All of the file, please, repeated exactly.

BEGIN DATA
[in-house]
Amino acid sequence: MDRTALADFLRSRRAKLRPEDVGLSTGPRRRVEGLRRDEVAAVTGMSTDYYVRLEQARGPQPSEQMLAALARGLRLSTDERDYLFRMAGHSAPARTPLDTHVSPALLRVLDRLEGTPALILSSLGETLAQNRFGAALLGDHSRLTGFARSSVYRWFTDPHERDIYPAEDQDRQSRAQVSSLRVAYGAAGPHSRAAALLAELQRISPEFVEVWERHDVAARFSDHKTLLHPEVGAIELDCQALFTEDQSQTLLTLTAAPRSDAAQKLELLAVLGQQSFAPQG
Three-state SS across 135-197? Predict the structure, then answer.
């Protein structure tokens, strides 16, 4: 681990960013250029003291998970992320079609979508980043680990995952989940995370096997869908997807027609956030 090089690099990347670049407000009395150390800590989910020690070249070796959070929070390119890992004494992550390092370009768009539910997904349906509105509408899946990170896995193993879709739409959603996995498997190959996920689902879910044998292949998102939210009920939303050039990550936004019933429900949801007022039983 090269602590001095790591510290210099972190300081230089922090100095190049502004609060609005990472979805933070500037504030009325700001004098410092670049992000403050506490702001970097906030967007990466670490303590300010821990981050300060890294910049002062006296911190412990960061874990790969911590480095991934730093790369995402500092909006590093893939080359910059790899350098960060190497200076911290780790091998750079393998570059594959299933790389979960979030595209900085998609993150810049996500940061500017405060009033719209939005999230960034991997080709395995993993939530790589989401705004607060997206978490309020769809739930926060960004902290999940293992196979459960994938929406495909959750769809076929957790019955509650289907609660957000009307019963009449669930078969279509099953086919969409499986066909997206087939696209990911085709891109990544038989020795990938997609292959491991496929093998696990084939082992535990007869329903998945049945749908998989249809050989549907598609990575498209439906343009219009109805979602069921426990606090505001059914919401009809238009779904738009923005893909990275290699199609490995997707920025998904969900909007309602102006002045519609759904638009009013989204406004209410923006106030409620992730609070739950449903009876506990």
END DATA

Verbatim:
[in-house]
Amino acid sequence: MDRTALADFLRSRRAKLRPEDVGLSTGPRRRVEGLRRDEVAAVTGMSTDYYVRLEQARGPQPSEQMLAALARGLRLSTDERDYLFRMAGHSAPARTPLDTHVSPALLRVLDRLEGTPALILSSLGETLAQNRFGAALLGDHSRLTGFARSSVYRWFTDPHERDIYPAEDQDRQSRAQVSSLRVAYGAAGPHSRAAALLAELQRISPEFVEVWERHDVAARFSDHKTLLHPEVGAIELDCQALFTEDQSQTLLTLTAAPRSDAAQKLELLAVLGQQSFAPQG
Three-state SS across 135-197? Predict the structure, then answer.
């Protein structure tokens, strides 16, 4: 681990960013250029003291998970992320079609979508980043680990995952989940995370096997869908997807027609956030 090089690099990347670049407000009395150390800590989910020690070249070796959070929070390119890992004494992550390092370009768009539910997904349906509105509408899946990170896995193993879709739409959603996995498997190959996920689902879910044998292949998102939210009920939303050039990550936004019933429900949801007022039983 090269602590001095790591510290210099972190300081230089922090100095190049502004609060609005990472979805933070500037504030009325700001004098410092670049992000403050506490702001970097906030967007990466670490303590300010821990981050300060890294910049002062006296911190412990960061874990790969911590480095991934730093790369995402500092909006590093893939080359910059790899350098960060190497200076911290780790091998750079393998570059594959299933790389979960979030595209900085998609993150810049996500940061500017405060009033719209939005999230960034991997080709395995993993939530790589989401705004607060997206978490309020769809739930926060960004902290999940293992196979459960994938929406495909959750769809076929957790019955509650289907609660957000009307019963009449669930078969279509099953086919969409499986066909997206087939696209990911085709891109990544038989020795990938997609292959491991496929093998696990084939082992535990007869329903998945049945749908998989249809050989549907598609990575498209439906343009219009109805979602069921426990606090505001059914919401009809238009779904738009923005893909990275290699199609490995997707920025998904969900909007309602102006002045519609759904638009009013989204406004209410923006106030409620992730609070739950449903009876506990």